Ultra-targeted sports channels are rushing in to serve the 33 million-subscriber digital cable and satellite universe. But some argue that the fine-tuning of sports television may be overkill
March 19, 2015
Stand back, ESPN. Karate, judo, jujitsu and tae kwon do might not seem broadly appealing enough to support a 24-hour cable channel, but the backers of Blackbelt TV are banking that come next spring their nascent network will do for martial that MTV did for the music video and the Food Network did for Emeril Lagasse.
Sporting a round-the-clock lineup of programming ranging from Thai kickboxing tournaments to reruns of The Karate Kid(Blackbelt TV says it has built the biggest library of martial arts movies and classic sporting events anywhere, amounting to more than 15,000 hours of programming), parent Threshold Entertainment expects to get the Los Angeles-based network into 6 million homes by April Fool's Day. Threshold, the company behind the Mortal Kombat movie and video game franchise, is bankrolling the channel.
Creating a new cable network certainly no small feat in this business environment, even as the explosion in digital technology makes way for specialized networks, thanks to ever-expanding channel capacity. “People would say maybe it's not the best timing, starting a neetwork in one of the worst advertising markets in years,” concedes Blackbelt COO Wesley Hein, who earlier co-funded Enigma Digital, a radio station network eventually acquired by Clear Channel Communication. “But for us, it was the best time. If you look at cable right now and what viewers are faced with, they're saying, 'Hmm, look at all the neat channels coming out.' but most of those channels are recycled analog content.”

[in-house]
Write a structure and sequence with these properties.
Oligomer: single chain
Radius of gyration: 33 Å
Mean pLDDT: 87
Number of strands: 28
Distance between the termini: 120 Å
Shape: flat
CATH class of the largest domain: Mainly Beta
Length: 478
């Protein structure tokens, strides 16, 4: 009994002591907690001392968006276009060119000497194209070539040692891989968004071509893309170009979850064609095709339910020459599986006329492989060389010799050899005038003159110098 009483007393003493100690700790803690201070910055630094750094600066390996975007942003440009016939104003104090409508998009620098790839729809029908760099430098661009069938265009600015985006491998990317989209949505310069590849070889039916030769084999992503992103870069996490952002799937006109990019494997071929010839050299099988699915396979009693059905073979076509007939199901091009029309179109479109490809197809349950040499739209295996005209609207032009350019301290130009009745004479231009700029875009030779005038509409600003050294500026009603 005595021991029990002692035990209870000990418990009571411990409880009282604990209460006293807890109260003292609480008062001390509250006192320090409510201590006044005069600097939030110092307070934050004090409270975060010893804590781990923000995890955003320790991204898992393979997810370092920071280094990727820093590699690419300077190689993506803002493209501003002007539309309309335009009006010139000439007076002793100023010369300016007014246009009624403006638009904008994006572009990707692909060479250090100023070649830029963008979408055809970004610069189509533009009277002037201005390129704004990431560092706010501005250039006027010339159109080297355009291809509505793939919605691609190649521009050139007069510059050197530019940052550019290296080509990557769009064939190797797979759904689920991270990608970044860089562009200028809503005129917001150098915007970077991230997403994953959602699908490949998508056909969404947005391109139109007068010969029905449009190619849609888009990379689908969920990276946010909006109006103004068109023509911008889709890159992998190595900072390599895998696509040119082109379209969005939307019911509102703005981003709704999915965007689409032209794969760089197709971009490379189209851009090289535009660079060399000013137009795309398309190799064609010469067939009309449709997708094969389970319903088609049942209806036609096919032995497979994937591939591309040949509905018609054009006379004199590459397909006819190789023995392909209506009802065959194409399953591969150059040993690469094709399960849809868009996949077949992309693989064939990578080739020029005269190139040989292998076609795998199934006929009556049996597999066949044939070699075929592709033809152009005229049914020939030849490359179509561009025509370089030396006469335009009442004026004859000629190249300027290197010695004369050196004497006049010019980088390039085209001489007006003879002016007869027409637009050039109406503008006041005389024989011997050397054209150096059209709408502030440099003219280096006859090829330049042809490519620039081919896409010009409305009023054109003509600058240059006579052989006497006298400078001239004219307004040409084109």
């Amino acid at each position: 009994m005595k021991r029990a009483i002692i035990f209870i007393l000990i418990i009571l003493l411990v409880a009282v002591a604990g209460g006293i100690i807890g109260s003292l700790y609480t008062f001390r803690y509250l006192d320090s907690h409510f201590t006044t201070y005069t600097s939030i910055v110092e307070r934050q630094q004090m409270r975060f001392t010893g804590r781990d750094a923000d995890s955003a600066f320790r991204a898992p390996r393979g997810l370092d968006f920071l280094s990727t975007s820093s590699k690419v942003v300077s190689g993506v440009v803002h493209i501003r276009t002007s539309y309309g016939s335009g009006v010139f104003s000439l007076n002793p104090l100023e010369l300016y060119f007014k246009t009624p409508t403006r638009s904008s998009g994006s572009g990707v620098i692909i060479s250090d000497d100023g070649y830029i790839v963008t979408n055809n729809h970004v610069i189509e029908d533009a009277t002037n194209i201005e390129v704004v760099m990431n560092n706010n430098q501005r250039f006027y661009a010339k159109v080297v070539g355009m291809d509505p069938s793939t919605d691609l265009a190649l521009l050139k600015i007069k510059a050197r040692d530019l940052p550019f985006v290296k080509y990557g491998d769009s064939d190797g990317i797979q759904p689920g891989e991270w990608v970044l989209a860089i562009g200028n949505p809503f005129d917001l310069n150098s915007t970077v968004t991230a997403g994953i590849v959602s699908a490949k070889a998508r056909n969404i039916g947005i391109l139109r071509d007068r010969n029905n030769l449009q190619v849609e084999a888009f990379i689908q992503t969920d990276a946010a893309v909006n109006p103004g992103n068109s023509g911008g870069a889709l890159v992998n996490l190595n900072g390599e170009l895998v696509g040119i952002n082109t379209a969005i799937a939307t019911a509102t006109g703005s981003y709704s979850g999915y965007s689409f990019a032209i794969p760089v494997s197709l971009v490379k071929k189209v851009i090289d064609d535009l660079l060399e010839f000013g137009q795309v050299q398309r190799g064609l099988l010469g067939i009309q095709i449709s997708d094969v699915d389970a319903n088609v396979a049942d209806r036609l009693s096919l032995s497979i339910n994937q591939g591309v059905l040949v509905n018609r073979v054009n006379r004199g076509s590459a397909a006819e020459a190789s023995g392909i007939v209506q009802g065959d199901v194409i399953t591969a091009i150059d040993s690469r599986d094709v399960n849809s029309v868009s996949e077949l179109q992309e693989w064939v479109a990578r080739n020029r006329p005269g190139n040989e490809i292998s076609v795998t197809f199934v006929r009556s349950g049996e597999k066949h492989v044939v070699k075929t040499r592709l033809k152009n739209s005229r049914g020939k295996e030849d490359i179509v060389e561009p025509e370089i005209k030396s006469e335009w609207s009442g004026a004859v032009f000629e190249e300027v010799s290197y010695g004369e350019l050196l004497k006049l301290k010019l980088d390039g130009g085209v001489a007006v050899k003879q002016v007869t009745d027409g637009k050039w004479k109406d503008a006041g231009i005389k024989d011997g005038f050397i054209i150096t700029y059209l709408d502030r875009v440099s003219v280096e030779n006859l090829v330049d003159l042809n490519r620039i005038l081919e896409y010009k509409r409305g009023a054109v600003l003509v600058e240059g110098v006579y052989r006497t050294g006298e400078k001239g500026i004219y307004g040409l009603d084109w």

Off the record, some pooh-pooh the prospects of Blackbelt TV, poiinting out that its top executives-including chairman Larry Kasanoff, producer of the Mortal Kombat movies and a co-funder, with Titanic and Terminator director James Cameron, of Lightstorm Entertainment, and president Joshua Wexler, a Mortal Kombat producer- have impressive action-entertainment experience but have never before built a cable network. The next layer of management at the channel, however, includes several cable veterans, including senior vp/programming and acquisitions Paul Presburger, who helped launch Sony's action-adventure channel AXN at Columbia TriStar International Televison. Still others question the viability of a network devoted to kickboxing, kung fu and the like.
Even though Blackbelt TV has yet to announce any distribution agreements, it already has secured commitments from such deep-pocketed advertisers as the U.S. Marines, General Motors and others hungry to reach the network's natural 18-to-34-year-old male constituency. As Hein explains:”Six million may seem small compared to 60 million, but that's a very valuable demographic”...